My first Circos infographic to be published in the New York Times introduces the idea of sequence similarity curves linking circularly composed ideograms.

Working with David Constantine, I illustrated the similarity between chromosome 1 of mouse, rhesus, chimp, and chicken to that of human.

One of the smaller panels in the infographic was subsequently used by the Alliance of Lupus Research in their Faces of Lupus II video.

NYT Article - Mapping the Epigenome

In collaboration with Jonathan Corum from the NYT, Martin Krzywinski created an illustration of data showing methylation on chromosome 22 in a variety of tissues.

The illustration accompanies the article Now: The Rest of the Genome, by Carl Zimmer.


If you experience problems during installation, please refer to the following resources before contacting me. The answers are out there and you're likely to find them much faster than I can respond to your query.

And don't forget to open your googles!

UNIX vs Windows

If you are a Windows users, read how how Circos differes on UNIX and Windows.


For a more detailed set of instructions, see the Installation Tutorial

Linux, *NIX, Mac OS X

First, check if you have perl. You probably do. At the terminal,

> which perl

If you see this, you have perl. On the other hand, if 'which' does not return anything

> which perl

you don't have Perl, or the Perl binary is not in your path (which is not likely).

I won't go into the details of installing perl - there are too many ways to do it. Chances are a package (bundle, or whatever your operating system calls precompiled distributions) is available. Check at

Unless you have an excellent reason, you don't want to compile your own Perl from the source code. There is nothing to be gained.


I suggest Strawberry Perl. If it's good enough for Larry, it's good enough for you.

Installing on Windows should be relatively painless.

Perl Modules

Perl comes with a large number of workhorse modules. In addition, a few other modules are required to run Circos (see requirements). All these modules are available from CPAN, the Comprehensive Perl Archive Network.

If you attempt to run Circos without having a required module, you'll see an error like this

Can't locate Missing/ in @INC (@INC contains:
/home/martink/perl/5.10.0/lib/site_perl/5.10.0 .).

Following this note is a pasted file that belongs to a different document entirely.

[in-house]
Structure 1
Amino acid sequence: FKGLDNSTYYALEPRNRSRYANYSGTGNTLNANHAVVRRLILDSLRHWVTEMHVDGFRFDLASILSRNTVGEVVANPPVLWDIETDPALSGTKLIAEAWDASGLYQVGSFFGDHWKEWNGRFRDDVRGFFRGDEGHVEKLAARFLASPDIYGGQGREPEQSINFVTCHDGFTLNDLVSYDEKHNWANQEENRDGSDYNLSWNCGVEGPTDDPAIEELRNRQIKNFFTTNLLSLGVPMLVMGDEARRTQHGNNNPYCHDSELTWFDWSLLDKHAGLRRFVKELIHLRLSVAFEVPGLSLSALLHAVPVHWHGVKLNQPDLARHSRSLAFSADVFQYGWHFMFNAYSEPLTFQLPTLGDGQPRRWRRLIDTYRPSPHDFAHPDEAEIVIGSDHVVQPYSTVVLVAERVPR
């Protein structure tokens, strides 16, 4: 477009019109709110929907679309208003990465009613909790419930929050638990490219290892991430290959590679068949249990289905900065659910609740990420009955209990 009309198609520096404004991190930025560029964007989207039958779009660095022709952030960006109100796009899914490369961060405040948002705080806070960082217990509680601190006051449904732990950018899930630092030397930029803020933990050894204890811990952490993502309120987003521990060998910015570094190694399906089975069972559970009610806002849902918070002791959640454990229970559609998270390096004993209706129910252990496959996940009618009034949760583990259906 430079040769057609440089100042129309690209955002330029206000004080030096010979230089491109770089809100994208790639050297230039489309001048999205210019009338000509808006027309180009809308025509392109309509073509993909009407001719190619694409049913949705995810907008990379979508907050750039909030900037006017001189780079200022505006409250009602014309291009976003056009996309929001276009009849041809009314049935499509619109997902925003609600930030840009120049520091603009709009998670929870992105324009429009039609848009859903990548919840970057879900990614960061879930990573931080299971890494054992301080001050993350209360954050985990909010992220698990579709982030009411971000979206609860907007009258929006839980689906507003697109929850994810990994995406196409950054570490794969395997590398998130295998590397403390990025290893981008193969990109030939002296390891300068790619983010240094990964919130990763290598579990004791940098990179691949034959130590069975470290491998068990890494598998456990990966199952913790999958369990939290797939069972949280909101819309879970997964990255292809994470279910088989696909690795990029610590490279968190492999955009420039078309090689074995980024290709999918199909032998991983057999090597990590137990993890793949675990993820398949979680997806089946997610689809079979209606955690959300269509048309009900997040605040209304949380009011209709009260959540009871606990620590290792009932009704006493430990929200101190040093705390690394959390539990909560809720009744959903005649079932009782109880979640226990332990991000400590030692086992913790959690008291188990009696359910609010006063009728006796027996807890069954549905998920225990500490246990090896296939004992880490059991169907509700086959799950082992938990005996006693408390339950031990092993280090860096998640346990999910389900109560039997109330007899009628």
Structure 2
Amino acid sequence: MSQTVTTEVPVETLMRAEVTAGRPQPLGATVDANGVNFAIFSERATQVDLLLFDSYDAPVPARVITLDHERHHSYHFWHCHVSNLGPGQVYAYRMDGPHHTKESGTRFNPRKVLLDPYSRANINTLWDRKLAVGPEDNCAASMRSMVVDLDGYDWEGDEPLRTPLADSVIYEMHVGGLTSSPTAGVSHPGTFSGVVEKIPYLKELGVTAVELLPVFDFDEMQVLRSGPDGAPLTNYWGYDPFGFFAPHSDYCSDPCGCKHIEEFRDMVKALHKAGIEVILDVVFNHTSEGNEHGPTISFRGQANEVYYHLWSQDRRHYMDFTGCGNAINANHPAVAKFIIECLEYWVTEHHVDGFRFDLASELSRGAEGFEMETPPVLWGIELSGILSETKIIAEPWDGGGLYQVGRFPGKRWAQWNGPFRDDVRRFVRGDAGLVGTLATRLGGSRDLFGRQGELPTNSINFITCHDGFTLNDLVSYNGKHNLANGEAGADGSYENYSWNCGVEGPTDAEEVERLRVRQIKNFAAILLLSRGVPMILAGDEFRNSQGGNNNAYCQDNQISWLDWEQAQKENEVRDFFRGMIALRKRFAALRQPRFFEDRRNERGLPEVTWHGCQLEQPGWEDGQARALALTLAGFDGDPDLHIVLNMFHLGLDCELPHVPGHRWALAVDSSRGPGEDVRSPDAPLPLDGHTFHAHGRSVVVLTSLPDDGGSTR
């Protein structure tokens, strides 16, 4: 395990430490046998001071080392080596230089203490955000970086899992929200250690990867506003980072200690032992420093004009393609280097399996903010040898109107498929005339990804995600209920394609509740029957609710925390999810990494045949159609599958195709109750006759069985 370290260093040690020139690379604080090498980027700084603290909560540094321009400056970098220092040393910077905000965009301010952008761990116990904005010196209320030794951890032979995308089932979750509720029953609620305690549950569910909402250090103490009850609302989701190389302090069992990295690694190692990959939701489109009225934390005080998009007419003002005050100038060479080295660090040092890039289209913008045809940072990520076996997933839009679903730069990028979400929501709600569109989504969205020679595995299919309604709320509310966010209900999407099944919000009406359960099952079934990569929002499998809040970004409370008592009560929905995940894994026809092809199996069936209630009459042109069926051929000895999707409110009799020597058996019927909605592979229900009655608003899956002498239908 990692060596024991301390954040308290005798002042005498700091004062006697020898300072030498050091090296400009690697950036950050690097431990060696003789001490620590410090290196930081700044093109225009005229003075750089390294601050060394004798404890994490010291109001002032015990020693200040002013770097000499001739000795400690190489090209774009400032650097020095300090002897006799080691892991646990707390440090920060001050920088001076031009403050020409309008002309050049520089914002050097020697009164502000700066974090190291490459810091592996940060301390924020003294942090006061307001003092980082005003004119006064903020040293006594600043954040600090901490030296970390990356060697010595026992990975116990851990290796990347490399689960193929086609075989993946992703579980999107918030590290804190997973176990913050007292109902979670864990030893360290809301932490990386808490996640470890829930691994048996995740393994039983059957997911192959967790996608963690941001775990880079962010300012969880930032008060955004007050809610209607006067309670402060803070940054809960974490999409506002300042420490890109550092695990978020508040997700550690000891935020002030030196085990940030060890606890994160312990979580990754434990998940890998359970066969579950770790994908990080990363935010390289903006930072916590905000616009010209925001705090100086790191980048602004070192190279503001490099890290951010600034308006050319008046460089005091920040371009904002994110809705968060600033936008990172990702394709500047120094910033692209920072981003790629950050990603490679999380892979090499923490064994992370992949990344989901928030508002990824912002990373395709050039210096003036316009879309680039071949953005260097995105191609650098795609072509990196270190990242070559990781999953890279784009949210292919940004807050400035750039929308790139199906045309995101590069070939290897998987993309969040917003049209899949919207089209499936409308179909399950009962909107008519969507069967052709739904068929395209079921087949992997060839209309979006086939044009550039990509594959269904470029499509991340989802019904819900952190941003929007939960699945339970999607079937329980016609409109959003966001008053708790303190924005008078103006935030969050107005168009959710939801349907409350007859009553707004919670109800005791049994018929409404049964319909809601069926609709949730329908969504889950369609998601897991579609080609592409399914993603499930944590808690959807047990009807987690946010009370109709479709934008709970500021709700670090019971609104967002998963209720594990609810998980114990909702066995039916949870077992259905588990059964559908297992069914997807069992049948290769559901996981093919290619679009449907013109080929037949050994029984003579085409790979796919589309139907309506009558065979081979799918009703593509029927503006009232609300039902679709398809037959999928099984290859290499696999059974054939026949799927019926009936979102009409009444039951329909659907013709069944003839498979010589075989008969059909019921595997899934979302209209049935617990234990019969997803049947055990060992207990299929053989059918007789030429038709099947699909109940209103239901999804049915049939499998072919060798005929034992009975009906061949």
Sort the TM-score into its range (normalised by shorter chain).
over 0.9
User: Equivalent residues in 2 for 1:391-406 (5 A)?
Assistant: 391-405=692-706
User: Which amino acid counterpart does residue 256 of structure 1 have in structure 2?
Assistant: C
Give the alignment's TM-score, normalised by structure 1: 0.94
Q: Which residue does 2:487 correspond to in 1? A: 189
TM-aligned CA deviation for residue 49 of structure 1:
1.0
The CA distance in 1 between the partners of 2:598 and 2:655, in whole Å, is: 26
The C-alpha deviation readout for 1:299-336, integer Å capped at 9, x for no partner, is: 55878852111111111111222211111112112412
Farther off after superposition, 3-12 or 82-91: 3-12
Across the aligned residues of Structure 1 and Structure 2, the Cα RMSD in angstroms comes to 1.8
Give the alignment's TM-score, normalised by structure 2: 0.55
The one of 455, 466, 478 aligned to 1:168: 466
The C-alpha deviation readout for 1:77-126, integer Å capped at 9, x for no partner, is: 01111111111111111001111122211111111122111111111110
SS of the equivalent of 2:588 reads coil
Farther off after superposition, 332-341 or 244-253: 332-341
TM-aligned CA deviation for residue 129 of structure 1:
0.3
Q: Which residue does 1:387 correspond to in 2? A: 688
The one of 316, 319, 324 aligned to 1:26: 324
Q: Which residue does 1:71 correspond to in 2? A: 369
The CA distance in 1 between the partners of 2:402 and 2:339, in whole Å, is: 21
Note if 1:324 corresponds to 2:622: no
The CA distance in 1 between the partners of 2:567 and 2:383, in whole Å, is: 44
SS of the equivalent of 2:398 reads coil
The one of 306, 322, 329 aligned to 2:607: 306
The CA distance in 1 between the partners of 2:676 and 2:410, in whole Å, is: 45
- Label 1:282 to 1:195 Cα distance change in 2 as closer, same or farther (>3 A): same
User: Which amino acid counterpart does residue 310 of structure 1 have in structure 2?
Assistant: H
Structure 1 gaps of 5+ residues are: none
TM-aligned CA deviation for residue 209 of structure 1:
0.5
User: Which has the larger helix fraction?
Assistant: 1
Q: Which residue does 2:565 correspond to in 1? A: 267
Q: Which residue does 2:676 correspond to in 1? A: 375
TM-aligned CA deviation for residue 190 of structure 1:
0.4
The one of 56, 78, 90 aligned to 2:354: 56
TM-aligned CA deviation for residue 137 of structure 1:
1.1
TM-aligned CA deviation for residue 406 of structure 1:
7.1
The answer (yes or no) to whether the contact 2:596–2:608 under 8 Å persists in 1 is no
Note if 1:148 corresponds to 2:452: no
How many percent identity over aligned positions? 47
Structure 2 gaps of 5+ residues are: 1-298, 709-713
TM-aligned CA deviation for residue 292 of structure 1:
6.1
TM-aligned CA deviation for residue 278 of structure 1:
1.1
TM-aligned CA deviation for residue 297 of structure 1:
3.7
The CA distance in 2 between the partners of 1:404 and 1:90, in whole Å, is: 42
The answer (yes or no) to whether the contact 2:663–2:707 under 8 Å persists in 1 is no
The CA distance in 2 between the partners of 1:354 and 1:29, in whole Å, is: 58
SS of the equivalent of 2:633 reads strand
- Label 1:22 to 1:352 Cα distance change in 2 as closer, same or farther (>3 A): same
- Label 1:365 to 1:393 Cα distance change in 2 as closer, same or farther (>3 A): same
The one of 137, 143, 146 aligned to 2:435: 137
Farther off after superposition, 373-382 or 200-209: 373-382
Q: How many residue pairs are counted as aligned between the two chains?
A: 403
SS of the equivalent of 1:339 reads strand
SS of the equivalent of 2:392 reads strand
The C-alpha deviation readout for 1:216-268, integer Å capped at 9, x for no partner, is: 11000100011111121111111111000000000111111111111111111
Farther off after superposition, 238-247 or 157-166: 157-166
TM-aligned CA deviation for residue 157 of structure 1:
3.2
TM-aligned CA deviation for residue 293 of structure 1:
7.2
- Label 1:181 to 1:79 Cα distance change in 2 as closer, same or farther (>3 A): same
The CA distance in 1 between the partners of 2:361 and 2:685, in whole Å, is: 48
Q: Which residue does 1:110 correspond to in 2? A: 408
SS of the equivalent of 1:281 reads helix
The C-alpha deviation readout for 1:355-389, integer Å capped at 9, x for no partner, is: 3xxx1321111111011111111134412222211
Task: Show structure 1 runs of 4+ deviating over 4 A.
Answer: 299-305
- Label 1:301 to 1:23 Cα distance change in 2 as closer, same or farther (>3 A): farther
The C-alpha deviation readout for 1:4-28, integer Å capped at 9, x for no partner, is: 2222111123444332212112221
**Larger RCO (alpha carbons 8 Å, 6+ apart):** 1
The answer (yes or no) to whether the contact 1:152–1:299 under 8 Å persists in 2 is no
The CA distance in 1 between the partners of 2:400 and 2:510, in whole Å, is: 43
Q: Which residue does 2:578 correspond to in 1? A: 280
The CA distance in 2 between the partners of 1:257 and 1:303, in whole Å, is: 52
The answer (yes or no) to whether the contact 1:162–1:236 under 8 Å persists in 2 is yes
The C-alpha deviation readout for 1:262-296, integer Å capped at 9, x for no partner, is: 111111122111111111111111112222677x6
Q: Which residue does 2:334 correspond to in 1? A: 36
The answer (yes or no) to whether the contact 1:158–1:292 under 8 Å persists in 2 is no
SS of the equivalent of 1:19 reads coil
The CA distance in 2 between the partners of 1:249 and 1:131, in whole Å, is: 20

BEGIN failed--compilation aborted.

This error tells you Missing::Module is missing. Note that the module name uses :: to encode the directory of the module file. For example, if an error indicates that Set/ is missing, the corresponding module name is Set::IntSpan.

Linux, *NIX, Mac OS X

To install the missing module, use the perl CPAN shell. At the terminal,

> perl -MCPAN -e shell
cpan[1]> install Missing::Module
... lengthy output here, should end with a message like
... /usr/bin/make install  -- OK
cpan[2]> exit

If you attempt to install a module you already have an up-to-date version for CPAN will duly inform you.

cpan[1]> install Already::Installed::Module
Already::Installed::Module is up to date (1.00)

Except for GD, installing the modules should cause you no problems.

On Mac OS X you will need to install the XCode tools (which, among others, provide 'make') in order to compile modules like GD. These tools are available on the Mac OS X distribution DVD as an extra installation package.


Your Perl distribution comes with a package manager. Use it to install modules.


Installing GD can be tricky, since it depends on your system's C libgd library, among others. Getting all the dependency ducks in a row ranges across the full scale of pain, from "wow that was fast" to "omg omg we're all going to die".

Many problems can arise when compiling perl's GD module. Any problem you encounter has likely been solved by others, so here's where a good Google will help.

You should compile GD with TrueType font (TTF) support (requires freetype library) as well as PNG support. It's a good idea to also include JPEG, although this software does not use that output format.

If you are not seeing any text in your output images, but expect to, this is invariably due to lack of TTF support in your GD compilation. You'll need to reinstall the module, making sure that TTF support is activated.


Because Perl is interpreted, you don't need to compile anything. That should make you happy.

To install Circos, the only thing you need to do is unpack the archive, which you've downloaded.

Linux, *NIX, Mac OS X

> tar xvfz circos-0.55.tgz files unpack...
> cd circos-0.52


Use WinZip, WinRAR or whatever your favourite archive manager may be.